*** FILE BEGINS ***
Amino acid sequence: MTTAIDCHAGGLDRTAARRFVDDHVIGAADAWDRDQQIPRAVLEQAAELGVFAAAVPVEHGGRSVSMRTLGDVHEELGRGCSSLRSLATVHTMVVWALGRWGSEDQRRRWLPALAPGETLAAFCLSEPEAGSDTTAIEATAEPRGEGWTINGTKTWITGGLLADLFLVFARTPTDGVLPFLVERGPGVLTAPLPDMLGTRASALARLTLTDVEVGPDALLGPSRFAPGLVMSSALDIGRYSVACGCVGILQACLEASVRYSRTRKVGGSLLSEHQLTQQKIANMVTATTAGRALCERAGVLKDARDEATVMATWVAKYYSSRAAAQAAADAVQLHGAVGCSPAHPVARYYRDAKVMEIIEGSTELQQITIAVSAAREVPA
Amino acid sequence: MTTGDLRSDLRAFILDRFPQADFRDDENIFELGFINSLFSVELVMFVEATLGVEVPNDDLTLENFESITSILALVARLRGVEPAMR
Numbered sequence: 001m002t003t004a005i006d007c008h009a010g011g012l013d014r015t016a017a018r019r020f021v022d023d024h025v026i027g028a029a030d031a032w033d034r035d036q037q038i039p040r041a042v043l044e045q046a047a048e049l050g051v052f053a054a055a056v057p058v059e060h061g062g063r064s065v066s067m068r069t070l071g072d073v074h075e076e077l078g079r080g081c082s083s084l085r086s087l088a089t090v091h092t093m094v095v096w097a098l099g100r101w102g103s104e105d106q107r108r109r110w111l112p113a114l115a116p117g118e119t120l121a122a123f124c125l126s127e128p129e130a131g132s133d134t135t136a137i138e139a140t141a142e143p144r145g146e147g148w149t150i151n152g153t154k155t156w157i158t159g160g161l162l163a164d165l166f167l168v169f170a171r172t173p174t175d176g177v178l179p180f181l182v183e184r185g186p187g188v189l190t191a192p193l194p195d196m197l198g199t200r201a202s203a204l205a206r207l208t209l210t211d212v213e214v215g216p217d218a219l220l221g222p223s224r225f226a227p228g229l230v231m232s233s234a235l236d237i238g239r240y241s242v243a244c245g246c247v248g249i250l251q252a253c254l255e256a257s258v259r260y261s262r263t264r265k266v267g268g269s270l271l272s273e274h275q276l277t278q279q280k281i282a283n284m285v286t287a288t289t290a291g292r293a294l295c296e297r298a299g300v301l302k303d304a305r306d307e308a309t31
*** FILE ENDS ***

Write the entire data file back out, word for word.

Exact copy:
Amino acid sequence: MTTAIDCHAGGLDRTAARRFVDDHVIGAADAWDRDQQIPRAVLEQAAELGVFAAAVPVEHGGRSVSMRTLGDVHEELGRGCSSLRSLATVHTMVVWALGRWGSEDQRRRWLPALAPGETLAAFCLSEPEAGSDTTAIEATAEPRGEGWTINGTKTWITGGLLADLFLVFARTPTDGVLPFLVERGPGVLTAPLPDMLGTRASALARLTLTDVEVGPDALLGPSRFAPGLVMSSALDIGRYSVACGCVGILQACLEASVRYSRTRKVGGSLLSEHQLTQQKIANMVTATTAGRALCERAGVLKDARDEATVMATWVAKYYSSRAAAQAAADAVQLHGAVGCSPAHPVARYYRDAKVMEIIEGSTELQQITIAVSAAREVPA
Amino acid sequence: MTTGDLRSDLRAFILDRFPQADFRDDENIFELGFINSLFSVELVMFVEATLGVEVPNDDLTLENFESITSILALVARLRGVEPAMR
Numbered sequence: 001m002t003t004a005i006d007c008h009a010g011g012l013d014r015t016a017a018r019r020f021v022d023d024h025v026i027g028a029a030d031a032w033d034r035d036q037q038i039p040r041a042v043l044e045q046a047a048e049l050g051v052f053a054a055a056v057p058v059e060h061g062g063r064s065v066s067m068r069t070l071g072d073v074h075e076e077l078g079r080g081c082s083s084l085r086s087l088a089t090v091h092t093m094v095v096w097a098l099g100r101w102g103s104e105d106q107r108r109r110w111l112p113a114l115a116p117g118e119t120l121a122a123f124c125l126s127e128p129e130a131g132s133d134t135t136a137i138e139a140t141a142e143p144r145g146e147g148w149t150i151n152g153t154k155t156w157i158t159g160g161l162l163a164d165l166f167l168v169f170a171r172t173p174t175d176g177v178l179p180f181l182v183e184r185g186p187g188v189l190t191a192p193l194p195d196m197l198g199t200r201a202s203a204l205a206r207l208t209l210t211d212v213e214v215g216p217d218a219l220l221g222p223s224r225f226a227p228g229l230v231m232s233s234a235l236d237i238g239r240y241s242v243a244c245g246c247v248g249i250l251q252a253c254l255e256a257s258v259r260y261s262r263t264r265k266v267g268g269s270l271l272s273e274h275q276l277t278q279q280k281i282a283n284m285v286t287a288t289t290a291g292r293a294l295c296e297r298a299g300v301l302k303d304a305r306d307e308a309t31